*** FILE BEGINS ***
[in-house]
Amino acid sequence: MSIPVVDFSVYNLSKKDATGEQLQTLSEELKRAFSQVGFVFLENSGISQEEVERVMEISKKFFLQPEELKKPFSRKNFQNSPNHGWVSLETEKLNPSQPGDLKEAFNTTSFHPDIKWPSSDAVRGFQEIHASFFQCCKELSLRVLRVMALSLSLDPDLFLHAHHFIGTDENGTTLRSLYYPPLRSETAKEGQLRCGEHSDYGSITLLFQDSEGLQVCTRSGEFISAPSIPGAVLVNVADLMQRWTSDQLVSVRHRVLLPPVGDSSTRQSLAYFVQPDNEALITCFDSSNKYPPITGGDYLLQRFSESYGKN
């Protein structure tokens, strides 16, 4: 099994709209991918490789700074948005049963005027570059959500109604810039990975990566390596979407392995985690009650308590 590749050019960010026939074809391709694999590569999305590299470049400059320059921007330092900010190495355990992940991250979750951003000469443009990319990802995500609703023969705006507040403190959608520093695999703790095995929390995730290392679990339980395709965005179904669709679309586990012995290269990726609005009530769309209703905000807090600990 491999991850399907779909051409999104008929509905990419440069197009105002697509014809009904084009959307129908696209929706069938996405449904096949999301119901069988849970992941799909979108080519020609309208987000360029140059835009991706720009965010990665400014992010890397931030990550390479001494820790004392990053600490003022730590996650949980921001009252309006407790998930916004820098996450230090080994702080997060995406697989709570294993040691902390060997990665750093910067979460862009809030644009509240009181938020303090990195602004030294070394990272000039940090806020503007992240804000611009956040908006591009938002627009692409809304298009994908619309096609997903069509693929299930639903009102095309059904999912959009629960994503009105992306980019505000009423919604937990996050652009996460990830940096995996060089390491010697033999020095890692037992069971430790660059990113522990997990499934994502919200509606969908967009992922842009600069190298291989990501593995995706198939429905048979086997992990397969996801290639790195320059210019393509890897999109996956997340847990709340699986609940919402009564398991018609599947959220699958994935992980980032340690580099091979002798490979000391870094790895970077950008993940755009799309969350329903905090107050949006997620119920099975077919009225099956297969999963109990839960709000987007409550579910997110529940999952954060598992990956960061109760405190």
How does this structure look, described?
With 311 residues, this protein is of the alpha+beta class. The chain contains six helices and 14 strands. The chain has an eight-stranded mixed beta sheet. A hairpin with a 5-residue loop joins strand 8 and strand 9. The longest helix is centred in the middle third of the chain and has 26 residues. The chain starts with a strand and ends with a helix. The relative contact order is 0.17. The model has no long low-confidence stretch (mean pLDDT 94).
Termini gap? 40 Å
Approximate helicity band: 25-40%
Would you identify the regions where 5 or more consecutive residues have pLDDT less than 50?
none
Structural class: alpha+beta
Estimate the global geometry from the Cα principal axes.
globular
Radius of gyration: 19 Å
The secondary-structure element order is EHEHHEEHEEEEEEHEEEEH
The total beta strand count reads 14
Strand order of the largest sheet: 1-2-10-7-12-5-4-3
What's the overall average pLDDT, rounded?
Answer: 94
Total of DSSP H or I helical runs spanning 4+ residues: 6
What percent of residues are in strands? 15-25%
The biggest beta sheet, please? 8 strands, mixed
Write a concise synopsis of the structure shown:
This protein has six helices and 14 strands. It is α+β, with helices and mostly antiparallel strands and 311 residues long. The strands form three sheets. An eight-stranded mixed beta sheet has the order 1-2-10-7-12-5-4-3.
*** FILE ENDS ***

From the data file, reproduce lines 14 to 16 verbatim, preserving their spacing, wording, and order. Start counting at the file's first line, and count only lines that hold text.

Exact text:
The secondary-structure element order is EHEHHEEHEEEEEEHEEEEH
The total beta strand count reads 14
Strand order of the largest sheet: 1-2-10-7-12-5-4-3